I'd be alright with that, but the problem is that space isn't like the surface of the Earth where you have neatly demarcated areas that you can lay claim to and you have to actually travel to in order to use. You could have companies pushing around asteroids and bumping them into Earth orbit, extracting resources, without sending even a single person over to the actual asteroid (all done with a bunch of robotic probes). You will inevitably get two companies (or countries) fighting over who gets the right to push which asteroid around. Neither of them are even near the asteroid, and no colony will be set up on the asteroid since it's probably far too small to support an independent human population by itself.

I guess a good analogy would be the Pacific islands and not the 13 colonies. The pacific islands changed hands so many times and many still have debatable levels of 'belonging' to another country. Now imagine if the pacific islands were free to roam around...

about three weeks ago
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Harvard's CompSci Intro Course Boasts Record-Breaking Enrollment

Beck_Neard Re:Linux, cryptography, HTML and JavaScript. (144 comments)

If you teach kids theory, people object that they're not being taught 'practical things'. If you teach them how to use popular software (like JavaScript), people object that they're not being taught enough theory.

You can't win.

about three weeks ago
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Kickstarter's Problem: You Have To Make the Game Before You Ask For Money

Beck_Neard Re:Bummer (215 comments)

There is a very small proportion of ideas for which crowdfunding is a good thing. These are ideas that are really great but have not been able to attract funding because investors (mistakenly) didn't see their potential.

Ideas like that only comprise 1%, at most, of all kickstarter projects. The vast majority are either incredibly dumb or the creators have not made the effort to find funding and just went straight to kickstarter.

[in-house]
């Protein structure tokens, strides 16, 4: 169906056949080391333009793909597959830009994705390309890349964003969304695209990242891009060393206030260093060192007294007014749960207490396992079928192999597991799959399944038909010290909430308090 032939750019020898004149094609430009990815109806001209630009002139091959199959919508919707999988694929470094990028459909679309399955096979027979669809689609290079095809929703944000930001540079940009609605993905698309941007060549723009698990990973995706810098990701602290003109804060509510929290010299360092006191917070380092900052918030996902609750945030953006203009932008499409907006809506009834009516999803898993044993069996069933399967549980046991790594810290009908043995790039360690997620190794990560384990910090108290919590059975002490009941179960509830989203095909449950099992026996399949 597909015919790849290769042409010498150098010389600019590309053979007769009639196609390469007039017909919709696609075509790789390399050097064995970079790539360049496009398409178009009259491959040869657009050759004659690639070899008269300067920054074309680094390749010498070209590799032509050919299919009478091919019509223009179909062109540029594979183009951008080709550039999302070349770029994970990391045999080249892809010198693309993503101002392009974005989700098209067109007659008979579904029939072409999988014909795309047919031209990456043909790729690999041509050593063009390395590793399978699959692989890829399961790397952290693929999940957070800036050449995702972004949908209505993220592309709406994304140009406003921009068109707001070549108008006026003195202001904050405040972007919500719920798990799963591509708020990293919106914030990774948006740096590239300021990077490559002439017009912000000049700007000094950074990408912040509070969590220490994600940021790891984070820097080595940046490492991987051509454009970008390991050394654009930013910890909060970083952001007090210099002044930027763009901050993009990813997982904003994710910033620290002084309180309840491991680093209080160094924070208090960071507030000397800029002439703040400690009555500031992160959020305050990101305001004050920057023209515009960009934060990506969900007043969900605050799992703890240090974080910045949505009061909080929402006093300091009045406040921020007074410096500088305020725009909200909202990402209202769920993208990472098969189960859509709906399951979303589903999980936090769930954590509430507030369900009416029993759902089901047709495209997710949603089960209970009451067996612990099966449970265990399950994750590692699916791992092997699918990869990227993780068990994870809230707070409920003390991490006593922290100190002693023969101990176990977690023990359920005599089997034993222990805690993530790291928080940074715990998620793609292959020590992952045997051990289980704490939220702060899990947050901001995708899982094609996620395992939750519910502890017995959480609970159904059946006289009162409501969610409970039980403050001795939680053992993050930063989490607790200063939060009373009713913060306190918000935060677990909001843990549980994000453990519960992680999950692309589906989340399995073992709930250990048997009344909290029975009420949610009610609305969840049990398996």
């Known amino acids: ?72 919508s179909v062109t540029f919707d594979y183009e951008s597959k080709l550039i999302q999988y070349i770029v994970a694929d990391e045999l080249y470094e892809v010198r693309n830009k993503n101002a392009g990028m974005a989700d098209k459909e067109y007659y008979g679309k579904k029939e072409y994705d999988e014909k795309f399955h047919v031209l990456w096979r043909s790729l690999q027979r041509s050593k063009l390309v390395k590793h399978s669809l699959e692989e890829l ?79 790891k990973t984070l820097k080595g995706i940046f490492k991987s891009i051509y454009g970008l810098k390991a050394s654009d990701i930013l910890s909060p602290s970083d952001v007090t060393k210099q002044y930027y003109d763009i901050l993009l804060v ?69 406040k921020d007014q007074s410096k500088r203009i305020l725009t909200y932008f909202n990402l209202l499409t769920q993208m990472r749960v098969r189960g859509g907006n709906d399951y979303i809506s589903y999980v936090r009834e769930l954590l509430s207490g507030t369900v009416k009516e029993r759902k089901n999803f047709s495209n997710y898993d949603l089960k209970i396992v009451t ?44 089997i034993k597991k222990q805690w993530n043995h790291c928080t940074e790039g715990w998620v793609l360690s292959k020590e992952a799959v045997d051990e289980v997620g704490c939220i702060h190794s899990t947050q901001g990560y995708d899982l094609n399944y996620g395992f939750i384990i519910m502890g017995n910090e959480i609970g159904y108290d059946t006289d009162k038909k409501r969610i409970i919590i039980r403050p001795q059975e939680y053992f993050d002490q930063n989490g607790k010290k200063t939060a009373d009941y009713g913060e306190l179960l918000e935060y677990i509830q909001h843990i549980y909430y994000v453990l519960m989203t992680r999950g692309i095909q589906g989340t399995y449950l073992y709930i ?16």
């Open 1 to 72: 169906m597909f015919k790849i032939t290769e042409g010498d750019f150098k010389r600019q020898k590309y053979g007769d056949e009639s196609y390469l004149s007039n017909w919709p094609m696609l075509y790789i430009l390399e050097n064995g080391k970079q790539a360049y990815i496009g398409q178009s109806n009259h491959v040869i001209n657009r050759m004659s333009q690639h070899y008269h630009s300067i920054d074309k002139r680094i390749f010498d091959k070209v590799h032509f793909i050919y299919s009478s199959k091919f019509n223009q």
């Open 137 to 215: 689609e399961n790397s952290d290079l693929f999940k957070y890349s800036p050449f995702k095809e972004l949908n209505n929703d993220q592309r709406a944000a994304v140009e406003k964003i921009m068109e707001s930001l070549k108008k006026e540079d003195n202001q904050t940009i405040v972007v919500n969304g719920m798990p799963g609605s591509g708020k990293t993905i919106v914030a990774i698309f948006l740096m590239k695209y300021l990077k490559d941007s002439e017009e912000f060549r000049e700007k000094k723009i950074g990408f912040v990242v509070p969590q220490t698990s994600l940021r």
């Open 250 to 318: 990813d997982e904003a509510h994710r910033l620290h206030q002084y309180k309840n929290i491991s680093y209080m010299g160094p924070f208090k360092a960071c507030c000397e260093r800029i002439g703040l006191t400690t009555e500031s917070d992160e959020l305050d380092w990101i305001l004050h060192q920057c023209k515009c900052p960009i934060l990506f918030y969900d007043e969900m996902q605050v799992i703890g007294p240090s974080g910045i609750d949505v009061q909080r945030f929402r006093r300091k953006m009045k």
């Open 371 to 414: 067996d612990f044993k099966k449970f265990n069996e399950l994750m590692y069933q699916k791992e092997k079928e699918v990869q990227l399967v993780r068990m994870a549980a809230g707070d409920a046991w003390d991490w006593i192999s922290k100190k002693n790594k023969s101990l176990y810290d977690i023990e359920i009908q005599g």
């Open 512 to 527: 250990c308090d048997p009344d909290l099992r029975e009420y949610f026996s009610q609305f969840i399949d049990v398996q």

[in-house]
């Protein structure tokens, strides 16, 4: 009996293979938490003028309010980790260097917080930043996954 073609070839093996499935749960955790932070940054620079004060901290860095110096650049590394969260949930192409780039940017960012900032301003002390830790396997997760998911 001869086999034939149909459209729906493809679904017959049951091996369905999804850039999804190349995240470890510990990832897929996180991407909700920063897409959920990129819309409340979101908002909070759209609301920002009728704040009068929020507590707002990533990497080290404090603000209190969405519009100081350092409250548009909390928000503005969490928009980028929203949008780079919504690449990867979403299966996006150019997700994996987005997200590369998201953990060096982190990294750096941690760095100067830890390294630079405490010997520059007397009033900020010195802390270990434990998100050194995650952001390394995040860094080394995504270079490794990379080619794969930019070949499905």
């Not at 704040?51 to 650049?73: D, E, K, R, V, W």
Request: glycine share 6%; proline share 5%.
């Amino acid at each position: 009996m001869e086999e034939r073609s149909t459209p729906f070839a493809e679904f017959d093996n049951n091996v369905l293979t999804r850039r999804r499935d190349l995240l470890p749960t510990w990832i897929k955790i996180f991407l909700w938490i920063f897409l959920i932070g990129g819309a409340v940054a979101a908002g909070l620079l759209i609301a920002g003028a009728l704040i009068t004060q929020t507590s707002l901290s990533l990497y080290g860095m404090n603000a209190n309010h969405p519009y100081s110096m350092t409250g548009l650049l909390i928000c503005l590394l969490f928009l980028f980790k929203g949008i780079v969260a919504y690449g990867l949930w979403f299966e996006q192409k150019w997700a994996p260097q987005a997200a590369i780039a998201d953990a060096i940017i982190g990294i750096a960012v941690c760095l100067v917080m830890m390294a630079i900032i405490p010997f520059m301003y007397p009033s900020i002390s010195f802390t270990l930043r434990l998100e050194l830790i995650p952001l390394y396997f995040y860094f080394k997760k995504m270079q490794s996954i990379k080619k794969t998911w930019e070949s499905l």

As for OP, though, it doesn't matter to me whether 50% or 100% or 0% of the project has already been done. What I want to see is the potential for it to get done. I want to see credentials and a plausible story for why they're on kickstarter, not a feel-good video with shots of the creator's kids ('give me money, I have to support my children!') set to strumming guitar music.

about three weeks ago
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When Scientists Give Up

Beck_Neard Re:Easy solution (348 comments)

That's completely wrong. The search for and discovery of the Higgs Boson, aside from the eventual applications it could have, has had a bunch of immediate ones as well. Advances in mathematics and particle accelerator tech (better magnets, refrigeration, plasma containment, etc.) to name just a few.

about three weeks ago
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When Scientists Give Up

Beck_Neard Re:Doesn't surprise me (348 comments)

Let's consider science during the dark ages. A good portion of the nobility would have private 'labs' where they'd fund scientists (alchemists/philosophers/geometers/astronomers) and give them virtually unlimited freedom to research what they want. Of course it's true that the number of scientists was much smaller back then.

Is the current age of anti-intellectualism so much better than that environment? We seem to take for granted that it is, but it doesn't seem obviously so, at least to me.

about three weeks ago
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When Scientists Give Up

Beck_Neard Re:If you think research is bad (348 comments)

That's actually an interesting observation. I wonder if there is a common cause, beyond global economic hardship.

about three weeks ago
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When Scientists Give Up

Beck_Neard Re:Easy solution (348 comments)

When an experiment can't be reproduced, it's not fraud. It's a very common occurrence for experiments to be non-reproducible. Non-scientists seem to be of the opinion that science requires meticulous back-and-forth checking in order for stuff to be published. It doesn't. A published paper just means, "Hey everyone, we did this experiment and got these results, and we can't figure out if we're wrong. Would you guys mind double-checking our work?"

Fraud, on the other hand, is deliberate manipulation (or fabrication) of results. This is not a common occurrence at all. When it happens it usually makes the news and you get a bunch of people fired.

about three weeks ago